How should choir music be notated to best suit how conductors need to conduct, to make it easier for singers to follow the conductor?

I see at least two issues here:

  • what are the beats that the conductor conducts?
  • how many beats to the bar?

As for what should be the beats, there is of course a lot of scope for variety in what is a sensible speed (in beats per minute). But there are limits. We don't mark MM=240 because we don't need conductors to wave their arms around frantically like a windmill, and slower beats are good enough to establish the tempo.

At the other extreme we don't mark MM=30 because it's hard to get a feel for the pulse; moreover, the music would presumably entail quite a lot of subdivisions of the beat, and the more subdivisions the composer calls for, the more work the singers have to do to work their rhythm out. Is it OK to call for a BPM which entails the singers dividing the beat into 4 or 6, or should I instead call for beats 2 or 3 times as fast so that the beat is only divided into 2?

How many beats to the bar? If the song falls naturally into three-time, that's easy. But how to choose between 2 and 4?

I'm thinking of choral carols (not hymns!) for church in Britain, but answers that also apply to orchestral and band music would be good, too, to help future readers.

1 Answer 1


Might I suggest that you are looking at this the wrong way?

I don't think anyone writes music with "to best suit how conductors need to conduct" as a major consideration. Composers are more concerned with getting their ideas clearly down in the notation. Conducting music can be anything from simple to extremely complicated but that's why conductors study conducting - its a skill that they apply in order to achieve the results.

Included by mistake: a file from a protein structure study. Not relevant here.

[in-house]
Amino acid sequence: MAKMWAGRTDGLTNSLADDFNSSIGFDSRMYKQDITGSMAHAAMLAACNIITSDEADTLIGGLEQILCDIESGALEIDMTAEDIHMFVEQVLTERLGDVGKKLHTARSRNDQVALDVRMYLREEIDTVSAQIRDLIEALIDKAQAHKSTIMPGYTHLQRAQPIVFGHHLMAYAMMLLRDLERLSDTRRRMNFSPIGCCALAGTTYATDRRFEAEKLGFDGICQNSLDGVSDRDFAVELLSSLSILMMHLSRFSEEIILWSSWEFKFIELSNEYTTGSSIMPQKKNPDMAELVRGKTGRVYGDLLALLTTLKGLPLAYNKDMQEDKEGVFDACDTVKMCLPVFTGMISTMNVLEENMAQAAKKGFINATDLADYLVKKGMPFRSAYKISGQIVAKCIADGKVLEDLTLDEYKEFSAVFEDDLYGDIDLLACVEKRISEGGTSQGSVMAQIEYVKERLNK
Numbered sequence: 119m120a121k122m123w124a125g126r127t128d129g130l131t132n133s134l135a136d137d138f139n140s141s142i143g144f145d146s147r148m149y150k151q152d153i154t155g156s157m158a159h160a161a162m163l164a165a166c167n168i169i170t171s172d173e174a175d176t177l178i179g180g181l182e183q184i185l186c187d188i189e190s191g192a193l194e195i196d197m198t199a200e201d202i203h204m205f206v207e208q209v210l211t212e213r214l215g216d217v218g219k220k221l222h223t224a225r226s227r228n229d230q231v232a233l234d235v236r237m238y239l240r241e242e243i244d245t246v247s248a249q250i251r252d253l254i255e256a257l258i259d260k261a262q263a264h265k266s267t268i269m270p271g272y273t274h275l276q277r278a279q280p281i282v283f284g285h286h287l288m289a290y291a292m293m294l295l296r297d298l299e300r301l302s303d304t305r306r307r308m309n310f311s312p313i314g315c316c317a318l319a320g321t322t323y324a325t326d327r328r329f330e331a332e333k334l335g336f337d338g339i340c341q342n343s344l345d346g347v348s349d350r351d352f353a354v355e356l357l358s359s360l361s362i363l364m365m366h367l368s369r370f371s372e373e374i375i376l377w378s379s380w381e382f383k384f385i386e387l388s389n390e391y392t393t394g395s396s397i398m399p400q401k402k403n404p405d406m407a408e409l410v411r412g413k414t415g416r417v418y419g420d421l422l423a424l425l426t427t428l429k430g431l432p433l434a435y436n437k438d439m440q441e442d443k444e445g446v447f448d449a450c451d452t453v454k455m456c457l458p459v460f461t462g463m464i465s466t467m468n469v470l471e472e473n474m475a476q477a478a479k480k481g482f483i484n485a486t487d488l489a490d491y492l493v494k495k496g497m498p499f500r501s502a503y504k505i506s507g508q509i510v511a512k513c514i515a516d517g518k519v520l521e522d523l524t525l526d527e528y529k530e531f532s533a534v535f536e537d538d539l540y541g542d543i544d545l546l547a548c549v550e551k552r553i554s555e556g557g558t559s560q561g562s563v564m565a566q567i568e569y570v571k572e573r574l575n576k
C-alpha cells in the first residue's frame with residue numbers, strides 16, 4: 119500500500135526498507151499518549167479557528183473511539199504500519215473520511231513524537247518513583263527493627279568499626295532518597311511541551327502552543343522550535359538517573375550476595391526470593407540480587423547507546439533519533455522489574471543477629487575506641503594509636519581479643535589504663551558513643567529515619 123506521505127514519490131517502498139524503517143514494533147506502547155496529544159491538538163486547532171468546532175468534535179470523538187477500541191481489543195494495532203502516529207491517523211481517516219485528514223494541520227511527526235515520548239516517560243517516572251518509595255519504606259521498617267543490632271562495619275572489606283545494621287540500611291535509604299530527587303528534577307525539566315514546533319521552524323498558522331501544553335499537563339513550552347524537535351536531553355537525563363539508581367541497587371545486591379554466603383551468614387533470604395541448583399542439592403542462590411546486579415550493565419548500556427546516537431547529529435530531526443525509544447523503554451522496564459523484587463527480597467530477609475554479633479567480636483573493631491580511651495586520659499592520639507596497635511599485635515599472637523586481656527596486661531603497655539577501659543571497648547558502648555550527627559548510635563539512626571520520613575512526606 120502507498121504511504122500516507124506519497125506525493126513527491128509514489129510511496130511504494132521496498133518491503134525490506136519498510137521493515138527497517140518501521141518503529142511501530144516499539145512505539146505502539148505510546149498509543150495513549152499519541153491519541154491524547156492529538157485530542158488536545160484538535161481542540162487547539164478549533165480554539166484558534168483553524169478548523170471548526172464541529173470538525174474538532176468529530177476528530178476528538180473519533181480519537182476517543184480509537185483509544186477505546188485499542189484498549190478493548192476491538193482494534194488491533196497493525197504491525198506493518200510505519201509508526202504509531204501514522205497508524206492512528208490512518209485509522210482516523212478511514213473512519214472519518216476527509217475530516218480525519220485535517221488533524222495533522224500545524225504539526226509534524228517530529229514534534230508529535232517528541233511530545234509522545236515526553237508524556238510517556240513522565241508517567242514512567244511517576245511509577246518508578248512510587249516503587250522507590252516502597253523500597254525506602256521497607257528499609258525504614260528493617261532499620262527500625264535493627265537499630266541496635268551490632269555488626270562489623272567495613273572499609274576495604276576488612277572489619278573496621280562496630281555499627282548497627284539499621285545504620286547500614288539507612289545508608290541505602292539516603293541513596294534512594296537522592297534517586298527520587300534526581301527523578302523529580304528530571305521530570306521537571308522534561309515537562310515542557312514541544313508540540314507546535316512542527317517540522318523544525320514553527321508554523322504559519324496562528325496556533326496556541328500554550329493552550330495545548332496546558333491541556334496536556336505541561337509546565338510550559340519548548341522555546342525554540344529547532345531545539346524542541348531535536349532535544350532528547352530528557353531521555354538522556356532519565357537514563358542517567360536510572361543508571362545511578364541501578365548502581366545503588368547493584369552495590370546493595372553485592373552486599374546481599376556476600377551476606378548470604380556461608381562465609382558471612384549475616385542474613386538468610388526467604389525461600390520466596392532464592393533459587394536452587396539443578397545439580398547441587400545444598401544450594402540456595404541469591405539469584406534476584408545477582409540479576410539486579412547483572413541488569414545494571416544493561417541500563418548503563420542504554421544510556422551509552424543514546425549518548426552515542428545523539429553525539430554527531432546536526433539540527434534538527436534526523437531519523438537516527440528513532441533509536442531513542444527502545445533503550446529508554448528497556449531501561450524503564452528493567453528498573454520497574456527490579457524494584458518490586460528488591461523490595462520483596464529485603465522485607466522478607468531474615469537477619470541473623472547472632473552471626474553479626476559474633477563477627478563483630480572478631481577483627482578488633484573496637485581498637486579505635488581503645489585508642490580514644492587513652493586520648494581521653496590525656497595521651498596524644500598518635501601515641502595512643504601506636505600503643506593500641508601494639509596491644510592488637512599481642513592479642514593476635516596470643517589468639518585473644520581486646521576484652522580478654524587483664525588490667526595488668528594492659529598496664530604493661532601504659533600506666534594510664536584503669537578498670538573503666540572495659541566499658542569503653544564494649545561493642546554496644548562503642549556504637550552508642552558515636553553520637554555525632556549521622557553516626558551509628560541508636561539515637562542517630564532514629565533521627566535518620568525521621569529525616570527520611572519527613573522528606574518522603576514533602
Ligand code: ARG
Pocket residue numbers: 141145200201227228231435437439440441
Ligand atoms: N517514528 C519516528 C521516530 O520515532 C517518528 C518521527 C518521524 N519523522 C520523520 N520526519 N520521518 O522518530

To take one of your cited examples. You say we don't mark MM=240. For extremely fast music conductors just do the opposite of what they do for slow music. Instead of subdividing the beat they beat using a larger unit.

And sometimes it gets more complicated than that. For example in Walton's Belshazzar's feast there are parts where the choir is in 4 beats to a bar whilst the orchestra has a whole bar for each of those beats. So the choir needs to see 4 beats in a bar and the orchestra needs to see a completely different four beats to a bar.

So, whilst its an interesting point, I think that there are more important considerations when notating music than how the conductor is going to manage.

  • If it looks as if I'm looking at this the wrong way, then perhaps this is a consequence of the fact that the questions I have lately posted to Music.SE are the tip of the iceberg. I am sorting out many more issues by myself, including those which are (or seem to me to be) more important.
    – Rosie F
    Oct 11, 2019 at 9:40
  • Reading the question, your answer is pretty well what I thought. The conductor's job is to unravel the music, and will do so in different ways, even in the same piece. He/she (p.c!) will 'translate' what's written to make it as clear as possible to the choir - or even just parts of the choir. Possession of two arms is a great help here. +1.
    – Tim
    Oct 11, 2019 at 10:03

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